Surprisingly, boutique hotels are few and far between in Tokyo, but one of the first is one of the best, thanks to its sheer simplicity. Located in Meguro, Claska was redesigned from the 1960s New Meguro Hotel, with wood panelling and tatami mats for a mellow and modern atmosphere. The English and Japanese creators aimed to make it the coolest small hotel in the city, and with only 15 rooms, it remains one of Tokyo’s most sought after places to stay.

Insider Tip: The hotel hosts a monthly party, often in collaboration with local galleries, so making friends here couldn’t be easier.

Where to stay in Tokyo - Shangri-La Hotel, Tokyo

Shangri-La Hotel, Tokyo

Last year the Shangri-La Hotel, Tokyo, was named the number one luxury hotel in the world by TripAdvisor, based on user reviews on the leading travel website. With its position directly above Tokyo station and the Meet & Greet service that takes guests from the bullet train platforms to their room, it’s easy to see why. Guests also enjoy astonishing views of the Marunouchi business district on one side and the Tokyo Sky Tree, the world’s highest freestanding broadcasting tower on the other.

Insider Tip: Scattered around the hotel’s public areas are some 2,000 artefacts and artworks mostly from China, making it worth a visit even for those who miss out on the sumptuous rooms.

Where to stay in Tokyo - Hotel Asia Center of Japan

Hotel Asia Center of Japan

Business hotels abound in Tokyo, but the Hotel Asia Center of Japan stands out for being one of the most affordable of them all, despite being located in downtown Akasaka, one of the city’s most prestigious districts. A short hop from the nightlife hub of Roppongi, its clientele is an eclectic mix of Japanese salarymen, overseas businessmen, and worldwide travellers on a budget. Though basic in decor, the friendly staff are all too keen to assist foreign visitors.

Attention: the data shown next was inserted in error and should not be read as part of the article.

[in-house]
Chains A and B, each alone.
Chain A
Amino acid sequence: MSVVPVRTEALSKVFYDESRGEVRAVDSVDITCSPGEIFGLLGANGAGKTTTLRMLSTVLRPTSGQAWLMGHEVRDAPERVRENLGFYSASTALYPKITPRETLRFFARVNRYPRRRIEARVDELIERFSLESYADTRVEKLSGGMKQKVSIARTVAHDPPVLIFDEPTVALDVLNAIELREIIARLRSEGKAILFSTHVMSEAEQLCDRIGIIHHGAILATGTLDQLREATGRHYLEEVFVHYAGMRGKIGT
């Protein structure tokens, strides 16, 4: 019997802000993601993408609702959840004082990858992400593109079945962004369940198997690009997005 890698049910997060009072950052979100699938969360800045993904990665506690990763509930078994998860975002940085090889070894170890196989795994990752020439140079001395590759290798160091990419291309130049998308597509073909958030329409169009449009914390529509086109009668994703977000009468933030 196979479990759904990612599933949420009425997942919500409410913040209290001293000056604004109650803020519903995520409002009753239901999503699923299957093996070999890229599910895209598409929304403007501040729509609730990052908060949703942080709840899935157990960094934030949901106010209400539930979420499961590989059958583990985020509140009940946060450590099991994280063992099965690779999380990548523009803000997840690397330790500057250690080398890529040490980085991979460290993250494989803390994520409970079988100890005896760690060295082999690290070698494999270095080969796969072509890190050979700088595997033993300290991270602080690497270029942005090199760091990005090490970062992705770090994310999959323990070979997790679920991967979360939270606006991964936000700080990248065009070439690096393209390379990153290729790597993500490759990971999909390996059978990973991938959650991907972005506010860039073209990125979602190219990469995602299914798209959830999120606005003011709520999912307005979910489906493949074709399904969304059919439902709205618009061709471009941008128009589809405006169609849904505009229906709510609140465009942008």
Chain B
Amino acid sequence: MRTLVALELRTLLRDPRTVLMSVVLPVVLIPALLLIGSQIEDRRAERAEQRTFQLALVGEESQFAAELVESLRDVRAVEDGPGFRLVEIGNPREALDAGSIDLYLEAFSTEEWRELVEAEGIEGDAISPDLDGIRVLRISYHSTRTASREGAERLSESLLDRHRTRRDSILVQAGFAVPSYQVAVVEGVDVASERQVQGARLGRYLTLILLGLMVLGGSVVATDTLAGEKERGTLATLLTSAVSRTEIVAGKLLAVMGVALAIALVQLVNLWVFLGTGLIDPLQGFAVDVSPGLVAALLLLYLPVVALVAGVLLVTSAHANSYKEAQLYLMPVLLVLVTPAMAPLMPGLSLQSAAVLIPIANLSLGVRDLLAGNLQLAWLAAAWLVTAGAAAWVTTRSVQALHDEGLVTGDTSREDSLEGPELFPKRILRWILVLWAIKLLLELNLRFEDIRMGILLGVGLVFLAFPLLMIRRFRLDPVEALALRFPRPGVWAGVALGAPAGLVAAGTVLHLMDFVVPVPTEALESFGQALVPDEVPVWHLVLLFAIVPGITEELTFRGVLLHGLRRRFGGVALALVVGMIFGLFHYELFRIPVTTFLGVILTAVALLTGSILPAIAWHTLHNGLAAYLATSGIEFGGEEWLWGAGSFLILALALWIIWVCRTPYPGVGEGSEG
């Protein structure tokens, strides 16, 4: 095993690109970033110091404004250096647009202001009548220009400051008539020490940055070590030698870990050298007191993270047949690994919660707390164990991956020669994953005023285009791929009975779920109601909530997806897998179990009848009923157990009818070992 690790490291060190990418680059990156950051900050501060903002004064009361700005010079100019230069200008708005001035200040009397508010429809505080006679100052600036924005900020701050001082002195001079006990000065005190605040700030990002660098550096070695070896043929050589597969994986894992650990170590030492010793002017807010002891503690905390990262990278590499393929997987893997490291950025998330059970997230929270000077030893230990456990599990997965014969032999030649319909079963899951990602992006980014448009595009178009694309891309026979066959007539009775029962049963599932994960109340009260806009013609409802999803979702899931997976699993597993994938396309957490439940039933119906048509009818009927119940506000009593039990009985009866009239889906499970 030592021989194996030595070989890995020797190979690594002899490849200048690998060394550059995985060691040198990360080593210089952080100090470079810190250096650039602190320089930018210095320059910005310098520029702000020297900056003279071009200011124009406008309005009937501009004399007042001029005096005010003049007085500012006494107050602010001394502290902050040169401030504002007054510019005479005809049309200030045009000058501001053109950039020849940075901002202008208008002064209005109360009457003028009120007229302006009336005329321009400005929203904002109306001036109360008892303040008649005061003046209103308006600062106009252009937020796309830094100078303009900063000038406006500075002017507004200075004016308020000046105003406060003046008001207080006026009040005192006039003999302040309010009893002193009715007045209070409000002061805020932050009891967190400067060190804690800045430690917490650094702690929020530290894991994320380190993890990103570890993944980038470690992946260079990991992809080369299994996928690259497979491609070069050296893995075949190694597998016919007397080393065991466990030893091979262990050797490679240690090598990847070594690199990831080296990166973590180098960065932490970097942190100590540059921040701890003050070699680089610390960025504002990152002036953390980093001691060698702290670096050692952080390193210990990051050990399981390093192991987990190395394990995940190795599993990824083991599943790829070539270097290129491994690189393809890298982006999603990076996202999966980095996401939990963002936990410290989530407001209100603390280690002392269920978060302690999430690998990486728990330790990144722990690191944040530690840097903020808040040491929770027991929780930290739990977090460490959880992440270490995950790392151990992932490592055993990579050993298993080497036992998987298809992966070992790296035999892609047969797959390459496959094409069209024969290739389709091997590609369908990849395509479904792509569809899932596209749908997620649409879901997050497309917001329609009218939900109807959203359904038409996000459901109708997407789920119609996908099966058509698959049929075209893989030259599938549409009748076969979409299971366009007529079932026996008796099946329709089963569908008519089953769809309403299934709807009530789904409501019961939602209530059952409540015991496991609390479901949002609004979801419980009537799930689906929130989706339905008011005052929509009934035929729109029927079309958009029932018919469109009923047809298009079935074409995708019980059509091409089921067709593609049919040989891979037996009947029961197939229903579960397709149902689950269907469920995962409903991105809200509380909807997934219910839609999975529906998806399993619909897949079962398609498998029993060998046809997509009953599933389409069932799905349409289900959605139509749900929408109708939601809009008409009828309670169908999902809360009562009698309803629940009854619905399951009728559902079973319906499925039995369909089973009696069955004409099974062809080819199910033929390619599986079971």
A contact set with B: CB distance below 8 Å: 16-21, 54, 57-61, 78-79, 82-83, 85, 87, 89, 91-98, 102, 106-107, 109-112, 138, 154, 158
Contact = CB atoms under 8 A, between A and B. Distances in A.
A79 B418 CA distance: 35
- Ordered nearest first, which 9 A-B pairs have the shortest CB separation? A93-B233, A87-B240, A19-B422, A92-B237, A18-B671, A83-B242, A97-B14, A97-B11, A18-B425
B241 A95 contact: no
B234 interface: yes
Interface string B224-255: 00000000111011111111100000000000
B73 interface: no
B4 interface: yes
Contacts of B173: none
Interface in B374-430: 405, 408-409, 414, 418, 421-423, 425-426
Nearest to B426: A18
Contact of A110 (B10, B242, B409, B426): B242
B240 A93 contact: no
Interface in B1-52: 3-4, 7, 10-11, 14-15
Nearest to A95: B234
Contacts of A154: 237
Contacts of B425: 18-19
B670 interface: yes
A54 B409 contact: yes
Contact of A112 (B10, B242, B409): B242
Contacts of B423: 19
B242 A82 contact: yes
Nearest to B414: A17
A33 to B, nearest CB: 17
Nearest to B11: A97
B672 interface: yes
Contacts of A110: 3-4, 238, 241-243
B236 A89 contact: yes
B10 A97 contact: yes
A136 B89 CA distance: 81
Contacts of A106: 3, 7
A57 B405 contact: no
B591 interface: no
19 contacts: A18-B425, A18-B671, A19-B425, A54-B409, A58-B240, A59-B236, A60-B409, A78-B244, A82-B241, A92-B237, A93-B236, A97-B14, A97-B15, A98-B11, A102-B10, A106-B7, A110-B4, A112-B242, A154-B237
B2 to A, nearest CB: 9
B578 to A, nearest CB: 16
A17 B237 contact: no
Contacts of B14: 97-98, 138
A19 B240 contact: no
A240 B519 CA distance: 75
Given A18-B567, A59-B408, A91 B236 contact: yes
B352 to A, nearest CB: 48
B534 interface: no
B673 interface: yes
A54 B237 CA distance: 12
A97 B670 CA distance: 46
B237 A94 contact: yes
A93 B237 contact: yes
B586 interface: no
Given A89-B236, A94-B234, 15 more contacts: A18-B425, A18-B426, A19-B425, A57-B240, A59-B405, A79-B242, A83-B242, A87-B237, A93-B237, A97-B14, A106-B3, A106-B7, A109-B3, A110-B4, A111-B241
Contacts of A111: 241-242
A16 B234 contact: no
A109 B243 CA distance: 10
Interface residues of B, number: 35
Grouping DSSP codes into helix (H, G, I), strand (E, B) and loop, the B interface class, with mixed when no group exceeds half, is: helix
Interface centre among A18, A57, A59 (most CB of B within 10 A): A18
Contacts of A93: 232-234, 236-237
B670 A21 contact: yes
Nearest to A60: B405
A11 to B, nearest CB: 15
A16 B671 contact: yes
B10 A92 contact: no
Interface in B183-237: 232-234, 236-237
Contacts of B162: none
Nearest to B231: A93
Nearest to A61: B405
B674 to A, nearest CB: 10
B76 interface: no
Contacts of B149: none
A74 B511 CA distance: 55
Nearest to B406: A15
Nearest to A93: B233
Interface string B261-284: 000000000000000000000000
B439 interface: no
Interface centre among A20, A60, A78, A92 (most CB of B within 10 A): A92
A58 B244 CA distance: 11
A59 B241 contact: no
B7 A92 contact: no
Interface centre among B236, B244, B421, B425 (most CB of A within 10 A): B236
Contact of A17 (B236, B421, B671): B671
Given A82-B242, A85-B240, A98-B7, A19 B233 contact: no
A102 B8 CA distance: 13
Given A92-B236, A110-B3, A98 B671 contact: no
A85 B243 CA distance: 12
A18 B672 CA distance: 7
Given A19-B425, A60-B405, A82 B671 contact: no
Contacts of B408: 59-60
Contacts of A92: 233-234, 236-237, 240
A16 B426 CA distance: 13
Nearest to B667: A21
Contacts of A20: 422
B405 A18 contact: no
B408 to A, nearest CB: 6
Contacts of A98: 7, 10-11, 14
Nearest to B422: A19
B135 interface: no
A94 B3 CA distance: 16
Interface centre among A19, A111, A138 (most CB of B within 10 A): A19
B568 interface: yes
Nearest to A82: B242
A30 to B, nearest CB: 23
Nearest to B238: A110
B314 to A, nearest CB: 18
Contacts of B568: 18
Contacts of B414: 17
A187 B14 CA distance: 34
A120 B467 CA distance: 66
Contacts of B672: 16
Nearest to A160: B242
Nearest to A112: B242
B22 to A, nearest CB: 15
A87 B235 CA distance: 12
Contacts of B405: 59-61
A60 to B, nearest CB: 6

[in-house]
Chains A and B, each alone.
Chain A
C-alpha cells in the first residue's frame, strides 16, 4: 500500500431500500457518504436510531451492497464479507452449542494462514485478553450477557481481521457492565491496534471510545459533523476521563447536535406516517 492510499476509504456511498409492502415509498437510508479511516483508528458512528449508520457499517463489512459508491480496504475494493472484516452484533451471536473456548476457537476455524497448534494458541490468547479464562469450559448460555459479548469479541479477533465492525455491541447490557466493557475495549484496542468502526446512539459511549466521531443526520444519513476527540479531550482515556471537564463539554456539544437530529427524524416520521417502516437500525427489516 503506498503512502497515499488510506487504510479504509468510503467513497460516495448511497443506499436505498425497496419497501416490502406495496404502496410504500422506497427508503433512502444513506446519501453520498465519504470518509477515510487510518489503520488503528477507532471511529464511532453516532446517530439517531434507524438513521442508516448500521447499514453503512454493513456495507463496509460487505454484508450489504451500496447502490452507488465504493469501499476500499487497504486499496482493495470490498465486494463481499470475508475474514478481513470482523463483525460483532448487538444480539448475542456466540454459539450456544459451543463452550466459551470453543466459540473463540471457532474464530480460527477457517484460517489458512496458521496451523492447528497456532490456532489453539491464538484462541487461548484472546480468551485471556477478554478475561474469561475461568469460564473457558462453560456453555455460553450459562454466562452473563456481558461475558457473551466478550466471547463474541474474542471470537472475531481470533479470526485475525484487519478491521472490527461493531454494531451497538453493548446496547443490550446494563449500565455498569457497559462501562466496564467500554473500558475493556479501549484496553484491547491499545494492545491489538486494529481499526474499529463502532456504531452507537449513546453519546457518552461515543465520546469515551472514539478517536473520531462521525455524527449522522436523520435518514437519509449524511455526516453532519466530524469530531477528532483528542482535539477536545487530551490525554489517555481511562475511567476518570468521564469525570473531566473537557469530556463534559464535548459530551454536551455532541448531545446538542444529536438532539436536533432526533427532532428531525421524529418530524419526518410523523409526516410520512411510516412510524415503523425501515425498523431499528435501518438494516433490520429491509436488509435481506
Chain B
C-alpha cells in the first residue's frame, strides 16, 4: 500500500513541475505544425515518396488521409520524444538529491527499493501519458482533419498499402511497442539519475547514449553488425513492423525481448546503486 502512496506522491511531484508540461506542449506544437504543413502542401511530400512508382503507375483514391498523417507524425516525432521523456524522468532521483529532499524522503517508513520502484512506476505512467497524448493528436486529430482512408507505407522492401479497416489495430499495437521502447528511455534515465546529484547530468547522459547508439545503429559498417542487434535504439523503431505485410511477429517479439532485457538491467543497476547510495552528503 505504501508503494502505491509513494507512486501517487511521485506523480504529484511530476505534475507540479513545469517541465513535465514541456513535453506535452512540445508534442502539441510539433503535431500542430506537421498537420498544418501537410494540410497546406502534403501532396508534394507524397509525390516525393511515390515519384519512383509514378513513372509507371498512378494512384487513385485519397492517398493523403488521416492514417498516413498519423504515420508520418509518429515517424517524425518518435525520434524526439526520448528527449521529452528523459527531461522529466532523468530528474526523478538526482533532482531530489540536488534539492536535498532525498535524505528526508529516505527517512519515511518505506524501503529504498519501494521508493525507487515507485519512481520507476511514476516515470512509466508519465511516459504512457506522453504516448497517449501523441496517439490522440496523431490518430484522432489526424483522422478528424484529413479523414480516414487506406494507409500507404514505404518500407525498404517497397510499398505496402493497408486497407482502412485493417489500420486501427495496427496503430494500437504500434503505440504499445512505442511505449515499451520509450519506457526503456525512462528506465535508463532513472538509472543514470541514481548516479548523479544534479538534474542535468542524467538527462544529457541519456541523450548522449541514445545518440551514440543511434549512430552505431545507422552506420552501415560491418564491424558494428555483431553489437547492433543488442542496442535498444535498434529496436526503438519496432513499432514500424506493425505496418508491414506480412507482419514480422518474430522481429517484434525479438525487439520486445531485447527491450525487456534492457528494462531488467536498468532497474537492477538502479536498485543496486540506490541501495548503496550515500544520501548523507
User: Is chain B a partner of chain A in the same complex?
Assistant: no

Insider Tip: The ground floor bakery Restaurant Fuji serves freshly baked bread, buns and croissants every morning.

Where to stay in Tokyo - Sukeroku No Yado Sadachiyo

Sukeroku No Yado Sadachiyo

When accommodation alone isn’t enough and going out for entertainment is a chore, Sukeroku No Yado Sadachiyo offers a quirky experience meant to recreate the ancient times of Edo. This ryokan (traditional Japanese inn) provides a range of courses which you can participate in for a fee, from dancing the Asakusa Geisha Odori with three actual geisha to the sound of shamisen (a three-stringed musical instrument) and drums, or old-time games like fan-throwing.

Insider Tip: Try joining up with other travellers for a team of 20, enough for a private yakatabune (home-style boat) cruise in Tokyo Bay.

Where to stay in Tokyo - Andon Ryokan

Andon Ryokan

Dubbed the first boutique ryokan, Andon was designed by architect Masayuki Irie, a scholar of the works of Spanish architect Antonio Gaudi. Located in a working-class district in the city’s north-west, the rooms are as simple as they come. What’s noteworthy though is the bathing area. Centred around a Jacuzzi, it is a modern update of the traditional sento or communal bath house, available for mixed bathers and adorned with tile art by pop artist Mie Ishii.

Insider Tip: The bathing area can also be used by day-trippers as a convenient in-city alternative to heading to far-flung natural hot springs.